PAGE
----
Syntax!

A research blog about programming languages, formal logics, software development and their interactions, by Matthias Puech.

Typeful disjunctive normal form

This is the answer to last post’s puzzle. I gave an algorithm to put a formula in disjunctive normal form, and suggested to prove it correct in OCaml, thanks to GADTs. My solution happens to include a wealth of little exercises that could be reused I think, so here it is.

I put the code snippets in the order that I think is more pedagogical, and leave to the reader to reorganize them in the right one.

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Disjunctive normal forms in big steps

This is probably a second-semester functional programming exercise, but I found it surprisingly hard, and could not find a solution online. So at the risk of depriving a TA from a problem for its mid-term exam, here is my take on it, that I painfully put together yesterday.

Given a formula built out of conjunction, disjunction and atoms, return its disjunctive normal form, in big step or natural semantics, that is, not applying repetitively the distributivity and associativity rules, but in a single function run. Before you go any further, please give it a try and send me your solution!

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Representing pattern-matching with GADTs

Here is a little programming pearl. I’ve been wanting to work on pattern-matching for a while now, and it seems like I will finally have this opportunity here at my new (academic) home, McGill.

Encoding some simply-typed languages with GADTs is now routine for a lot of OCaml programmers. You can even take (kind of) advantage of (some form of) convenient binding representation, like (weak) HOAS; you then use OCaml variables to denote your language’s variables. But what about pattern-matching? Patterns are possibly “deep”, i.e. they bind several variables at a time, and they don’t respect the usual discipline that a variable is bound for exactly its subterm in the AST.

It turns out that there is an adequate encoding, that relies on two simple ideas. The first is to treat variables in patterns as nameless placeholders bound by λ-abstractions on the right side of the arrow (this is how e.g. Coq encodes matches: match E₁ with (y, z) -> E₂ actually is sugar for match E₁ with (_, _) -> fun x y -> E₂); the second is to thread and accumulate type arguments in a GADT, much like we demonstrated in our printf example recently.

The ideas probably extends seamlessly to De Bruijn indices, by threading an explicit environment throughout the term. It stemmed from a discussion on LF encodings of pattern-matching with Francisco over lunch yesterday: what I will show enables also to represent adequately pattern-matching in LF, which I do not think was ever done this way before.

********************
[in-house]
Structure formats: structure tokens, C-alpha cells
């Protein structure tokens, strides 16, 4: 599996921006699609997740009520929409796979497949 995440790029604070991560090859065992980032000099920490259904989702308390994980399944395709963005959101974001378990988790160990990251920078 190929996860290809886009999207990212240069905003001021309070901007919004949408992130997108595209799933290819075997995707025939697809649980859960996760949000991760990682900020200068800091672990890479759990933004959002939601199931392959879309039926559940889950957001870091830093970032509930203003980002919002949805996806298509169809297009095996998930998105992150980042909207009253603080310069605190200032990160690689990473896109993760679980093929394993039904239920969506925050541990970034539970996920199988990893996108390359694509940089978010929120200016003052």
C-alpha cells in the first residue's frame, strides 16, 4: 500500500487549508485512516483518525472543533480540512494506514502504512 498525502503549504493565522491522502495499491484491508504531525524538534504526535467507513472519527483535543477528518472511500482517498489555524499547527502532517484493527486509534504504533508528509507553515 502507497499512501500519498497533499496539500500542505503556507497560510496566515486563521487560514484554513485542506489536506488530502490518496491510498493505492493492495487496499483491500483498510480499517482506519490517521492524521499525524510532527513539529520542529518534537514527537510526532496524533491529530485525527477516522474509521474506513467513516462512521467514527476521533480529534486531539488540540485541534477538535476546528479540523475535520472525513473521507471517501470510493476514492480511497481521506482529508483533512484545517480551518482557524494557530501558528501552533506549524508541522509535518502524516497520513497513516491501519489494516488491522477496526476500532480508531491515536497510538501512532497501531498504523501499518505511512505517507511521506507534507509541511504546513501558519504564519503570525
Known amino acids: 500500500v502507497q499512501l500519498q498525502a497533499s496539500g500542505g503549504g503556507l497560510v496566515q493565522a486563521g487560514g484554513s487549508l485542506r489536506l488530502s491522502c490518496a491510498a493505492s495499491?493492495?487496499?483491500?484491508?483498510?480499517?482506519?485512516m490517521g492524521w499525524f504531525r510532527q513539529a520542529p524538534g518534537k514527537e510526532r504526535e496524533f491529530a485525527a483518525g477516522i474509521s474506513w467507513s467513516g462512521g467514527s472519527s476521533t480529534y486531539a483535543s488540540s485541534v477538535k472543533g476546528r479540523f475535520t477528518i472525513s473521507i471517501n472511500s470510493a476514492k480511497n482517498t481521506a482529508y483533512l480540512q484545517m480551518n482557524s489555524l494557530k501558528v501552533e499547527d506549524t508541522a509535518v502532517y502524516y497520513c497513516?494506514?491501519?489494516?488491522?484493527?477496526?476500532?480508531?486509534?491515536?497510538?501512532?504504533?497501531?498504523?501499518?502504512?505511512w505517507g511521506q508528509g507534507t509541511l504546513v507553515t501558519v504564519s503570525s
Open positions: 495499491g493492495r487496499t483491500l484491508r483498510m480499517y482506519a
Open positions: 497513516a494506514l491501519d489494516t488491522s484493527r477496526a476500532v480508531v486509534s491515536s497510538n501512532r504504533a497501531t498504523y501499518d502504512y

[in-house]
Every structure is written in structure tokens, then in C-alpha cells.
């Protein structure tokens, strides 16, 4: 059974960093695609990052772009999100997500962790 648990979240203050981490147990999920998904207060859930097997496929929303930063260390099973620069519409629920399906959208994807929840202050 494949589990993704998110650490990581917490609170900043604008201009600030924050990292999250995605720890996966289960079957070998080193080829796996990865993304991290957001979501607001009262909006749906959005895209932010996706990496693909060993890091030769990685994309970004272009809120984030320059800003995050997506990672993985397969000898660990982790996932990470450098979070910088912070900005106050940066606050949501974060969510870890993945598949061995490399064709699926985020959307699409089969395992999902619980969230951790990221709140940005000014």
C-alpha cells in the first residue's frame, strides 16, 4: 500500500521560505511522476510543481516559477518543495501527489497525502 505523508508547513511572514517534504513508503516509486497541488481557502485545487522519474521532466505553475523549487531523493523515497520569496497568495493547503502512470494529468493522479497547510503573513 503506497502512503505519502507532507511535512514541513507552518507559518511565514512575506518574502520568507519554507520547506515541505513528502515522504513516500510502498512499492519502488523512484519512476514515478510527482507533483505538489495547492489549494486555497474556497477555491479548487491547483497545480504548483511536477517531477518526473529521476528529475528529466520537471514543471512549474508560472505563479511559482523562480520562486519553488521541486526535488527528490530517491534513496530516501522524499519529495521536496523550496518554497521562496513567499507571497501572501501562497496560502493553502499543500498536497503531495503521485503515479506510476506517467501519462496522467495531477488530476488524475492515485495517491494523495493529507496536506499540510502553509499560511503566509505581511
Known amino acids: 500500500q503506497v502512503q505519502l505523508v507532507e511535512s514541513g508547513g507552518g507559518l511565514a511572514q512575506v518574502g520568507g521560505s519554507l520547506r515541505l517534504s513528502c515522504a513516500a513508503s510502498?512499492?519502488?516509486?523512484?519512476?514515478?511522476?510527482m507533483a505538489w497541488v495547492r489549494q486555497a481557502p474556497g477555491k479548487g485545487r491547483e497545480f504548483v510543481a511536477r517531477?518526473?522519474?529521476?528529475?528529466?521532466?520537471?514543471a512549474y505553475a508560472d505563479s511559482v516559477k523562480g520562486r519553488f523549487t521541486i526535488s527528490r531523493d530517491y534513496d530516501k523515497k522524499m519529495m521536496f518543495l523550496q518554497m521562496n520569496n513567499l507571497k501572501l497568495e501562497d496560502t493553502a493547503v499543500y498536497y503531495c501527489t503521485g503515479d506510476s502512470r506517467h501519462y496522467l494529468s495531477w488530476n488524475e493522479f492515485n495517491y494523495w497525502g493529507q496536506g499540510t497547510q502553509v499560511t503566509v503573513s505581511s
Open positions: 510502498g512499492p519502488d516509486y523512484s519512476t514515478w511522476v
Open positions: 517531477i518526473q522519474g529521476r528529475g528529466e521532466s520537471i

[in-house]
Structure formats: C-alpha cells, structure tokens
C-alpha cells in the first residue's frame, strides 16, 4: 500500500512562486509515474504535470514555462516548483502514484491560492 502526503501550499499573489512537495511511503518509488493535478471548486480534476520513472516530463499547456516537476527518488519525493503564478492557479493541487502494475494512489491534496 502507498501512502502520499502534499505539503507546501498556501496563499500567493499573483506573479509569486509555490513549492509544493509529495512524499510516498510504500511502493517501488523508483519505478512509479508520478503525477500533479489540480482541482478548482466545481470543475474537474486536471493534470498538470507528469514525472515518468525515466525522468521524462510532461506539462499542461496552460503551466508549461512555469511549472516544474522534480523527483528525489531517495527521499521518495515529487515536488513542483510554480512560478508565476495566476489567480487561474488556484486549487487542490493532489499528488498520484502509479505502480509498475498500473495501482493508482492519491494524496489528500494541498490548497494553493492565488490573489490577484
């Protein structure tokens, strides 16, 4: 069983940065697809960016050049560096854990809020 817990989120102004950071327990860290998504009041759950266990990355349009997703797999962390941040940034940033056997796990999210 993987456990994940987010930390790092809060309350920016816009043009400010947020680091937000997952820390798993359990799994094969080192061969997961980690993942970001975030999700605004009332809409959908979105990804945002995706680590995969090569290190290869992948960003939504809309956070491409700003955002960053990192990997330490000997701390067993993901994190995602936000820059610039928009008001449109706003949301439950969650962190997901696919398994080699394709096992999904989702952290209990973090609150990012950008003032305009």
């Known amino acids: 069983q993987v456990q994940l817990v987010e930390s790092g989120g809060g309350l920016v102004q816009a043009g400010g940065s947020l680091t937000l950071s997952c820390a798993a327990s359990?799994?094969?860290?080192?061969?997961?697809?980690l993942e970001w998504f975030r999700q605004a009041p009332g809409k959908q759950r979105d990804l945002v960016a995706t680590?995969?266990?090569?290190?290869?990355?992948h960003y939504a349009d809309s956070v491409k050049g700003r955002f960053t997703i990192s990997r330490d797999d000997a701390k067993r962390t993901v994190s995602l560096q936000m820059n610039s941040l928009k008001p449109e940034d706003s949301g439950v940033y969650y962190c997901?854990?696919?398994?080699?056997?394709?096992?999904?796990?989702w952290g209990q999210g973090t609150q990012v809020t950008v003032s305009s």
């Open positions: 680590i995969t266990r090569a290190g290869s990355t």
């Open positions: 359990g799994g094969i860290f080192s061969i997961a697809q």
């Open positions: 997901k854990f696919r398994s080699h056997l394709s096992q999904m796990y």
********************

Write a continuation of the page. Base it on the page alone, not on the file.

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Update on Typeful Normalization by Evaluation

In October, I publicized here a new draft on normalization by evaluation, which provoked some very helpful comments and constructive criticisms. Together with Chantal and Olivier, we thus revised the draft profoundly and a revamped version is available on my web site.

Besides the enhanced form and better explanations, we included a completely new section on what it means for NbE to be written in Continuation-Passing Style, that I am particularly excited about. This allowed us to extend our typeful NbE formalization beyond the minimal λ-calculus to sums and call/cc (which is known to be difficult). Taking our code, you can write a program with call/cc and if statements, and partially evaluate it: all redexes will be removed and your code will be specialized. All this, as before, is done typefully, thanks to OCaml’s GADTs: this means that the transformation is guaranteed to map well-typed terms to well-typed normal forms.

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1 ≠ 0

Learning Coq is usually an enlightening experience. I know it first-hand, it can also be a quite frustrating one, because it seems at first to involve remembering quite a lot of arbitrarily-named tactics, that one might not fully understand the effect of. discriminate is one of them: “if you’re faced with an obvious inequality, just apply discriminate” they say. If you look at the proof term, however, it is far from trivial and involves a “trick”, a kind of “lie” that Pierre has become a specialist of. There is an intermediate step in the comprehension, that we put together with Chantal: decomposing the proof generated by discriminate. Here is a very easy proof that 1 ≠ 0, which does not require to understand neither proof terms nor return clauses in pattern-matching. Pure beginner Coq.